It's Important to Know the Actual Definition of 'Terrorism' Right Now | 22 Words

America woke up to yet another tragedy Monday as a gunman killed 58 people and wounded over 500 at a country music festival in Las Vegas, Nevada late Sunday night. Denunciations of his horrific actions have been swift, as have words of condolence and sadness. Also swift was the same debate that always rages in instances like this.

Was it actually terrorism?

Law enforcement on the scene seems to disagree.

When questioned by CBS News early Monday morning, Clark County Sheriff Joe Lombardo had this reply, “No, not at this point. We believe it was a local individual. He resides here locally. .… We don’t know what his belief system was at this time." He also went on to say, “We believe it’s a solo actor. A lone wolf."

The key words here are "lone wolf."

When a white supremacist drove a van into a crowd in Charlottesville, he was called a "lone wolf." When a man attacked the congressional Republican's baseball practice in July, he was called a "lone wolf." When Dylan Roof killed nine people in a Charleston church, he was a "lone wolf."

Why are these words problematic? It all goes back to the definition of terrorism.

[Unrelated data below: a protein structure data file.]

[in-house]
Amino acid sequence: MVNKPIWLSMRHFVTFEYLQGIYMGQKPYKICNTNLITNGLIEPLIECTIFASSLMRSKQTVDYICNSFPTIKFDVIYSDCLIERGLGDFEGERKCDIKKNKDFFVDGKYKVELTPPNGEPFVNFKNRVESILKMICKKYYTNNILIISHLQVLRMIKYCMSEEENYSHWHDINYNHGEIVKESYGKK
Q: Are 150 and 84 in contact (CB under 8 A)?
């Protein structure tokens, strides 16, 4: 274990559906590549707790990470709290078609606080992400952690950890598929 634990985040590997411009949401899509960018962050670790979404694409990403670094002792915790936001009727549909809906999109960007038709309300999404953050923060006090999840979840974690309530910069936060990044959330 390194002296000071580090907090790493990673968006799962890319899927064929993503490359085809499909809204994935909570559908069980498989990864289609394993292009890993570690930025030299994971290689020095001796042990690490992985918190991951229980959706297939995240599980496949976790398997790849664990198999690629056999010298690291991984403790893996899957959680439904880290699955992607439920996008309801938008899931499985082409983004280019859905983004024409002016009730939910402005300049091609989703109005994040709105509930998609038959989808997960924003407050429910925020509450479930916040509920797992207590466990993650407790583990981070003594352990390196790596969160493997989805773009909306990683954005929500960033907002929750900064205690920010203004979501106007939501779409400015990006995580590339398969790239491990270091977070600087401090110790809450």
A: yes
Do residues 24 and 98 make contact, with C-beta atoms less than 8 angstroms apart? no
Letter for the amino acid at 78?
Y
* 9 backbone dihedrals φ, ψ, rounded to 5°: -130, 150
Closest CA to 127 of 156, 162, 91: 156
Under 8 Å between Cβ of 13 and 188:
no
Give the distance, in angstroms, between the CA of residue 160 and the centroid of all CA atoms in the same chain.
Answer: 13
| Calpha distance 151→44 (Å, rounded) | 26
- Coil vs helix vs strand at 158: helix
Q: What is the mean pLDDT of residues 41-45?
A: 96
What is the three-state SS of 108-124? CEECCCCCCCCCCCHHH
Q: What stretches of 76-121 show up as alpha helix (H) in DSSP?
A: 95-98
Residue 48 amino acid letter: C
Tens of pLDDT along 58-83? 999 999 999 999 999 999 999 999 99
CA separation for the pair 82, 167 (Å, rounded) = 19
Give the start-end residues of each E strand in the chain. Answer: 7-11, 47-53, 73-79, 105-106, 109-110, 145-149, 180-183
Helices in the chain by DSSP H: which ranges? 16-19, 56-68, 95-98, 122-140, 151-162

The Merriam-Webster dictionary defines terrorism as "the systematic use of terror especially as a means of coercion." Dictionary.com notes that it is "the use of violence and threats to intimidate or coerce, especially for political purposes."

But according to law, motive is key in deciding what is a terrorist act.

According to Nevada state law, a terrorist is "a person who intentionally commits, causes, aids, furthers or conceals an act of terrorism or attempts to commit, cause, aid, further or conceal an act of terrorism." Furthermore, an act of terrorism is "any act that involves the use or the attempted use of sabotage, coercion or violence, which is intended to: a. cause great bodily harm to the population[...]" Stephen Paddock is already dead. He shot himself before law enforcement could apprehend him. We may never know what his motive is. What we do know is that he caused great bodily harm to the population and he did so with purpose and intent.

We must confront our image of what a terrorist looks like.

Even though domestic terrorism has killed far more people than international terrorists,  solo white men are not often considered "terrorists," and this is a problem. As Albert Ford, a program associate with the International Security and Fellows programs at New America noted in an interview with Politifact."The terrorist threat in the United States is almost entirely homegrown, as no foreign terrorist organization has successfully directed and orchestrated an attack in the United States since 9/11." The Las Vegas shooting is yet another reminder that we must confront terrorism and radicalization in all its forms, especially if it's at home.